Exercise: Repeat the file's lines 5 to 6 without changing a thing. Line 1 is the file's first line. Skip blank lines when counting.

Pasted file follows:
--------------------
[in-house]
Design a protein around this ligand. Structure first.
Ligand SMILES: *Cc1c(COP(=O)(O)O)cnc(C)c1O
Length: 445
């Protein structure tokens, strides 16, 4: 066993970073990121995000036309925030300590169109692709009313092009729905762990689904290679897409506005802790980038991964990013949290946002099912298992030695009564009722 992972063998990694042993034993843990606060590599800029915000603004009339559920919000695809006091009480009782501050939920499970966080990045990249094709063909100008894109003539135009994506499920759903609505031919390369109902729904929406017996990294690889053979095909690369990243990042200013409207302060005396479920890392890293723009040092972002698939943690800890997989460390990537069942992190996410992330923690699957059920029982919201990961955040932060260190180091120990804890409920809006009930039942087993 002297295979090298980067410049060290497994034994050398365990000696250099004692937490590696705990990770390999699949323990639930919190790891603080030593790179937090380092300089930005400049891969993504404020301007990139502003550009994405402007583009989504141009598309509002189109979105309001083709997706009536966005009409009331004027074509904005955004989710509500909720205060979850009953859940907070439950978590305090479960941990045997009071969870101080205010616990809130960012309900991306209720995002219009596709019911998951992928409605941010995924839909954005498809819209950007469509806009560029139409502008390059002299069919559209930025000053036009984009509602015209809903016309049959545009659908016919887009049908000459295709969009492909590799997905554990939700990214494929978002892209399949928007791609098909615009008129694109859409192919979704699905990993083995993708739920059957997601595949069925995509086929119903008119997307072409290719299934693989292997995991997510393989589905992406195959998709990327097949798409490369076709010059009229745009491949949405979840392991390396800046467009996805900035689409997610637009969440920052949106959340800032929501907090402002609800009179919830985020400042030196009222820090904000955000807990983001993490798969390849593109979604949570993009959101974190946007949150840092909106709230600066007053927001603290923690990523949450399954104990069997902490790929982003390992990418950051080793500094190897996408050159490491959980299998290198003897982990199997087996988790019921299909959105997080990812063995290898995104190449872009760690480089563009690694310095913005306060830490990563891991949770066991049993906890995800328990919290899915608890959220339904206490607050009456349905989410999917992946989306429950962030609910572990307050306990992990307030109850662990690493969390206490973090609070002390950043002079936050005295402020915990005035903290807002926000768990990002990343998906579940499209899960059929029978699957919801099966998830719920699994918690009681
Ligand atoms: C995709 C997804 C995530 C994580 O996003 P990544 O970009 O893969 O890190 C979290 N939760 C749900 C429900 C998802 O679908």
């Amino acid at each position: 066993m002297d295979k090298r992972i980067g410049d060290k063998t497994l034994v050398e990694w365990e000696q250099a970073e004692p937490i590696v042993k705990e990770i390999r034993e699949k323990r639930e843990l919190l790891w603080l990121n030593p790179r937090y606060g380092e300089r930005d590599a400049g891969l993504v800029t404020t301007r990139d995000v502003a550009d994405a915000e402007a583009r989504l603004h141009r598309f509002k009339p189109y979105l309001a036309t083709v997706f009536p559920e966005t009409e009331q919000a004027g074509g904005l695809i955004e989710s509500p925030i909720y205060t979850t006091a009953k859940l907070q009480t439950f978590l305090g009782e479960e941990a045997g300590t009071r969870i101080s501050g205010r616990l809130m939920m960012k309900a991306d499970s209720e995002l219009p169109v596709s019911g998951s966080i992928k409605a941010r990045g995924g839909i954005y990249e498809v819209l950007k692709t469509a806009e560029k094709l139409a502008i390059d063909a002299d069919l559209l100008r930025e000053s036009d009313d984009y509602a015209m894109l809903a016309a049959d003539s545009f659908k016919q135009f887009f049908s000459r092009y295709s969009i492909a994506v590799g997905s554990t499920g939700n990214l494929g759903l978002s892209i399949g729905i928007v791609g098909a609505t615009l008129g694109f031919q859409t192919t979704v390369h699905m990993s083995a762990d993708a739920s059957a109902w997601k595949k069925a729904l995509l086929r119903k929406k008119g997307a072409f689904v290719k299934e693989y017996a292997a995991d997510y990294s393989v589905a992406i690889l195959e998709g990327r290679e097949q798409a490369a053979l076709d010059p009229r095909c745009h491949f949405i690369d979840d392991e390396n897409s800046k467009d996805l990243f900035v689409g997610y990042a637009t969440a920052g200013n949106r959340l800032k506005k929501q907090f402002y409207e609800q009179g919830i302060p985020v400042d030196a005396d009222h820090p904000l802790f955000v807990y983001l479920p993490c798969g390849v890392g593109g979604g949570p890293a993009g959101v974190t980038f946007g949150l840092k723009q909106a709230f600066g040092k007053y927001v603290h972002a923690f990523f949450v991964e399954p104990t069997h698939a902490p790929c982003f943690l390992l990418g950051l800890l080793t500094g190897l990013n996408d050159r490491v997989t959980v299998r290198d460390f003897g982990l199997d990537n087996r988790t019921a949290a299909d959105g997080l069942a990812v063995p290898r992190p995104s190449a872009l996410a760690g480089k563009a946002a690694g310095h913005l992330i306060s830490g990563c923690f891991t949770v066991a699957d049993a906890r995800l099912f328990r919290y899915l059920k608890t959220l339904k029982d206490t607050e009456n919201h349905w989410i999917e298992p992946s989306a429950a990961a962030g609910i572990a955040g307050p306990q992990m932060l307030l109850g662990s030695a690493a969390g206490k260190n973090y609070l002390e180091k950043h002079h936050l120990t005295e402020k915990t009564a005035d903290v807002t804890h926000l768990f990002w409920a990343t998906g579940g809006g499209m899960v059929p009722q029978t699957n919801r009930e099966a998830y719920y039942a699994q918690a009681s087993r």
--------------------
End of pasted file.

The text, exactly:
């Protein structure tokens, strides 16, 4: 066993970073990121995000036309925030300590169109692709009313092009729905762990689904290679897409506005802790980038991964990013949290946002099912298992030695009564009722 992972063998990694042993034993843990606060590599800029915000603004009339559920919000695809006091009480009782501050939920499970966080990045990249094709063909100008894109003539135009994506499920759903609505031919390369109902729904929406017996990294690889053979095909690369990243990042200013409207302060005396479920890392890293723009040092972002698939943690800890997989460390990537069942992190996410992330923690699957059920029982919201990961955040932060260190180091120990804890409920809006009930039942087993 002297295979090298980067410049060290497994034994050398365990000696250099004692937490590696705990990770390999699949323990639930919190790891603080030593790179937090380092300089930005400049891969993504404020301007990139502003550009994405402007583009989504141009598309509002189109979105309001083709997706009536966005009409009331004027074509904005955004989710509500909720205060979850009953859940907070439950978590305090479960941990045997009071969870101080205010616990809130960012309900991306209720995002219009596709019911998951992928409605941010995924839909954005498809819209950007469509806009560029139409502008390059002299069919559209930025000053036009984009509602015209809903016309049959545009659908016919887009049908000459295709969009492909590799997905554990939700990214494929978002892209399949928007791609098909615009008129694109859409192919979704699905990993083995993708739920059957997601595949069925995509086929119903008119997307072409290719299934693989292997995991997510393989589905992406195959998709990327097949798409490369076709010059009229745009491949949405979840392991390396800046467009996805900035689409997610637009969440920052949106959340800032929501907090402002609800009179919830985020400042030196009222820090904000955000807990983001993490798969390849593109979604949570993009959101974190946007949150840092909106709230600066007053927001603290923690990523949450399954104990069997902490790929982003390992990418950051080793500094190897996408050159490491959980299998290198003897982990199997087996988790019921299909959105997080990812063995290898995104190449872009760690480089563009690694310095913005306060830490990563891991949770066991049993906890995800328990919290899915608890959220339904206490607050009456349905989410999917992946989306429950962030609910572990307050306990992990307030109850662990690493969390206490973090609070002390950043002079936050005295402020915990005035903290807002926000768990990002990343998906579940499209899960059929029978699957919801099966998830719920699994918690009681
Ligand atoms: C995709 C997804 C995530 C994580 O996003 P990544 O970009 O893969 O890190 C979290 N939760 C749900 C429900 C998802 O679908």